It’s the beginning of another school year.
It’s a time where many schools are looking at optimizing their current reading programs, tools, approaches and resources in order to improve early literacy outcomes.
For others, it’s a time to evaluate existing early literacy resources already in place.
In both cases, the new school year presents itself as an opportunity to do things right.
Starting strong is essential to early reading success. Not only for young learners, but for teachers and administrators as well, where they review what has worked and what can be improved, to create an action plan that will serve them well for the upcoming school year.
This article will help school leaders to optimize early reading resources, engage educators, and implement impactful changes to elevate literacy outcomes.
Knowledge, Application and System
Ensure All Three Are in Your School Improvement Plans
A successful reading program develops reading proficiency in every student and relies on proven practices.
There are three essential elements that are vital for designing, executing, and maintaining effective reading instruction.
- Providing educators with comprehensive professional development.
- Utilizing instructional tools aligned with this knowledge.
- Establishing school systems that support and cultivate successful implementation.
So it’s important to ensure that all three elements are a part of your schoolwide strategy to improve reading outcomes.
Ensuring the presence of all three ensures the sustainability of a well-functioning early reading program.
Educators must feel supported with adequate professional development at a time when there is a strong resurgence of evidence-based early literacy.
Furthermore, there must be an outlet for this knowledge to translate into classroom practices. Educators need to be equipped with the right tools.
Finally, the school culture must be ready to embrace and support the cause to improve early literacy.
When all three components are present in the school’s early reading program, this effectively supports actual practices, beginning with teaching strategies.
Tier 1 Instructional Strategy
Build a Strong Core
Before all else, is your tier 1 instruction sufficiently comprehensive?
If not, it could be a stumbling block to early reading success for students.
Researchers have found out that choosing and implementing a research-based core reading program is the key first step in a model that is designed to prevent reading supports for most students.
Studies have explored different methods of teaching reading on Title 1 student achievement. The findings suggest that programs employing explicit instruction on foundational skill sets result in higher achievement, particularly among students at risk of reading difficulties.
Audit of Assessment Practices
Standardized, Diagnostic and Ongoing— Need for All Three Types
Assessment is a vital component of any effective reading program.
It should align with the reading curriculum, allowing for the tracking of student progress and helping teachers gauge the pace of instruction.
In such programs, assessment informs instruction for both large groups and individuals, with various assessment tools serving distinct purposes.
Statewide achievement tests, for instance, provide insights into systemwide instructional effectiveness.
Diagnostic tests aid classroom teachers in planning instruction and communicating student needs to parents.
Ongoing assessments guide decisions on groupings, instructional speed, and the need for individual support.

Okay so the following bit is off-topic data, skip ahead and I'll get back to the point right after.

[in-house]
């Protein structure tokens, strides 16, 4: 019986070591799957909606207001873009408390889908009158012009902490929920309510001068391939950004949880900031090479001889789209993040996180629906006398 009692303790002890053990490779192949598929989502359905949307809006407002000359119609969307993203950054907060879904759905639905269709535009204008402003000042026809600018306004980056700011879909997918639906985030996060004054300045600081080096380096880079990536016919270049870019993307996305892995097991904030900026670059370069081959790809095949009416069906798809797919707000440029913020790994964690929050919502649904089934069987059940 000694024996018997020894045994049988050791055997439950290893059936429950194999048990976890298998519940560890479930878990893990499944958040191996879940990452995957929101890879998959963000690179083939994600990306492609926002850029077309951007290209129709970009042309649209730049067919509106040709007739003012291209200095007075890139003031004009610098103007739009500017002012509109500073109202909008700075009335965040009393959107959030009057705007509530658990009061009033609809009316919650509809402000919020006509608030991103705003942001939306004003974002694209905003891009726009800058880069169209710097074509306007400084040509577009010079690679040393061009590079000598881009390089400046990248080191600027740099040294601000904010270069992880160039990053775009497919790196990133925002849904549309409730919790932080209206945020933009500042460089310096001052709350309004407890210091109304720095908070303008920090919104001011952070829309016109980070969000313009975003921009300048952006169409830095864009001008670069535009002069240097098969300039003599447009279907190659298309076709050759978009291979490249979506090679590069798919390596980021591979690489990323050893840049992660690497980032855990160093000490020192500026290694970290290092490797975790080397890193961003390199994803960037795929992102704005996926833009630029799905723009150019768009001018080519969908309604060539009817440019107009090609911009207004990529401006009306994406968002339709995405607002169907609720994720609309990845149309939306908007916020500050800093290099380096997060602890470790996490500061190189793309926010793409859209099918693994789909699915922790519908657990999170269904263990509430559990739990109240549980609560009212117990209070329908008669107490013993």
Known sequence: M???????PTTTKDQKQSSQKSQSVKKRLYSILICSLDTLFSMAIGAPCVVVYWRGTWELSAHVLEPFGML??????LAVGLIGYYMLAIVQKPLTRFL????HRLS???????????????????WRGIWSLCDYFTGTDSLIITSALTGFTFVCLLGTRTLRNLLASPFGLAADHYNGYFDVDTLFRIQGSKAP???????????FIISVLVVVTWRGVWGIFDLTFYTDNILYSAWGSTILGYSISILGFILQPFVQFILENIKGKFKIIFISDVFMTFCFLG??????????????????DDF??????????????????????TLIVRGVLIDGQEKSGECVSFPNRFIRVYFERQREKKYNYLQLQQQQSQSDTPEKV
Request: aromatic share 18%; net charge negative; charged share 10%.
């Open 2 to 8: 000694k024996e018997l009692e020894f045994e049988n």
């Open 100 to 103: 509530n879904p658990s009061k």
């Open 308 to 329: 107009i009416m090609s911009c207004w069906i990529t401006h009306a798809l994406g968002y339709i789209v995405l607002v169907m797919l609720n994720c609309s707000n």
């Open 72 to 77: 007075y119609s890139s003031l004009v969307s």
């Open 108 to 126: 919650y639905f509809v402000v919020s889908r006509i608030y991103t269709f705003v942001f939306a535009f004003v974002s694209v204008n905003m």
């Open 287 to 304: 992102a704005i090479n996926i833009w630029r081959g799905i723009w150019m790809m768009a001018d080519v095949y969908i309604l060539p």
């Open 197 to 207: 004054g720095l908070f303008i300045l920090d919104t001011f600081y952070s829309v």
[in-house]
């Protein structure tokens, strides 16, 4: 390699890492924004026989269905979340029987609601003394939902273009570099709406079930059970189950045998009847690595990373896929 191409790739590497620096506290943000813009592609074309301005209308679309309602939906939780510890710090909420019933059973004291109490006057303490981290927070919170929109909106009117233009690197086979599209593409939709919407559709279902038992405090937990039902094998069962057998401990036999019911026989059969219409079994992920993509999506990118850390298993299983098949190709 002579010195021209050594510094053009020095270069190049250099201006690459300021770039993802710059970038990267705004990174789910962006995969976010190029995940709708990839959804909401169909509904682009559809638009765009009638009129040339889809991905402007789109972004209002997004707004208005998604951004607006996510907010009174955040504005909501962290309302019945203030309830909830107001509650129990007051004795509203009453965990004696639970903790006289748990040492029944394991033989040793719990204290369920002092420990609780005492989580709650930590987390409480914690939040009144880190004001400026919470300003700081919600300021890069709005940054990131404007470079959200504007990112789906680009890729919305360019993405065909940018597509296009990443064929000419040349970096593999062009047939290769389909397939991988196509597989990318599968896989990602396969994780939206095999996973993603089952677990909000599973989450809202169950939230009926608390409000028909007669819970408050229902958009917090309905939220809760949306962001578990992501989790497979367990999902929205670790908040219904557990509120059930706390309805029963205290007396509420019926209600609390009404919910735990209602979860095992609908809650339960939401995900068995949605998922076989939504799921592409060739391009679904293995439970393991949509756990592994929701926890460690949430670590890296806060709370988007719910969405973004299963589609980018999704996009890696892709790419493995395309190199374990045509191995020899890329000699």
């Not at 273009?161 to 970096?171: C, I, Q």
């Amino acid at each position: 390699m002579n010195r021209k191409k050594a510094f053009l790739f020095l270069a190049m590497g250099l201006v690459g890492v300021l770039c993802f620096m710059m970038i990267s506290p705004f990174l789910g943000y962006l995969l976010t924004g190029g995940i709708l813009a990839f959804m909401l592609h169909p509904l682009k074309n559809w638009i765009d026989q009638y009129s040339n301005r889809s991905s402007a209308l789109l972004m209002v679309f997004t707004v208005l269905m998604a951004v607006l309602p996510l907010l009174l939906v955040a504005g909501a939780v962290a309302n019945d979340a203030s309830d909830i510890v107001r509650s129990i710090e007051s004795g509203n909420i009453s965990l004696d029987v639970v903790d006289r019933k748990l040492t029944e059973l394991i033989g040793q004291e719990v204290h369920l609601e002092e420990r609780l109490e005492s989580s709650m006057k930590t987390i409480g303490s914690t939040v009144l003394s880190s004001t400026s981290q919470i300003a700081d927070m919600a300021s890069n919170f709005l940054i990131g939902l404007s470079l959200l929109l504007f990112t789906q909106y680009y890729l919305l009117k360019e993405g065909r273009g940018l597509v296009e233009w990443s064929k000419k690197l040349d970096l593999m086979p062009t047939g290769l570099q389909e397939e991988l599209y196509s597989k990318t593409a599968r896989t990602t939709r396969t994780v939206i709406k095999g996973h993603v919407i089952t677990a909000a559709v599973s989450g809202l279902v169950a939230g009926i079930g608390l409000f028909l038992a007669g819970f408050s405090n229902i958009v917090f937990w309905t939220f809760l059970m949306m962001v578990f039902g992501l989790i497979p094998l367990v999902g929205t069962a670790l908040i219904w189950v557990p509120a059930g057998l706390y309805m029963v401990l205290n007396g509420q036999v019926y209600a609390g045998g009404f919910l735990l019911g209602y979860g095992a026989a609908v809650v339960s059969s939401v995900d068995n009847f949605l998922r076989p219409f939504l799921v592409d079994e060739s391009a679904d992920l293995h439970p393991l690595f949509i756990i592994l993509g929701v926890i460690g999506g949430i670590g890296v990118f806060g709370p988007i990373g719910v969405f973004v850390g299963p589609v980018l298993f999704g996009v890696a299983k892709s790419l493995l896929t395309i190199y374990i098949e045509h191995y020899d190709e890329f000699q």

It’s important to audit your existing assessment practices to ensure that all three of these types of assessments are present.
Regarding Content of Assessment
In the early grades, assessing foundational skills and strategies crucial for long-term outcomes, is of utmost importance.
Consequently, early-grade reading assessments should be frequent and skill-specific.
Developing Differentiated Instruction Capabilities
Strengthen Differentiated Instruction to Realize Full Value of Ongoing Assessments
Studies have revealed that in highly effective schools, more time is devoted to small-group instruction, which is a powerful approach of differentiating instruction to individual and group needs.
Frequent and ongoing assessments, coupled with early intervention, facilitate students moving reading levels, a characteristic of the most effective schools.
It allows for adaptable pacing and complexity adjustments according to the level of the students.
But there is no question of intervening without the ability to group students, or isolate individual students.
Thus, ensuring ongoing assessments that measure the foundational reading skills is just one half of the equation.
In order to truly enable early reading success, teachers need to be able to differentiate instruction for their diverse classrooms, both in terms of background and ability.
The Runway for Early Reading Success
Timing is really important. Some of the newer evidence-based literacy legislations that have been enacted will not fully come into effect until the 2024-2025 school year.
Any forecasted academic improvements will take even more time to become visible. Amy Rhyne, Director of Early Literacy in North Carolina State Department of Public Instruction, says “Anything in education, it takes three to five years”
Transformation, as observed in North Carolina, is unfolding gradually, marked by disparities from one school to another, and sometimes even from teacher to teacher.
It hinges on a delicate blend of encouragement, incentives, and teacher support. It is a challenging equilibrium given that many school systems and educators have long held the autonomy to determine what and how they teach.
A good way to plan for these legislative changes is to ask what is the change, how much is the change, and what can be done about it beginning today?
The runway has to be adequately planned, so it’s a smooth ride before take off.
If a school’s reading program has already thought about professional development, its application into practice, the systems that will support it, and also how it plans to address tier 1 instruction, formative assessments, and differentiated instruction, it can then consider supporting teachers to be more deliberate about their teaching strategies.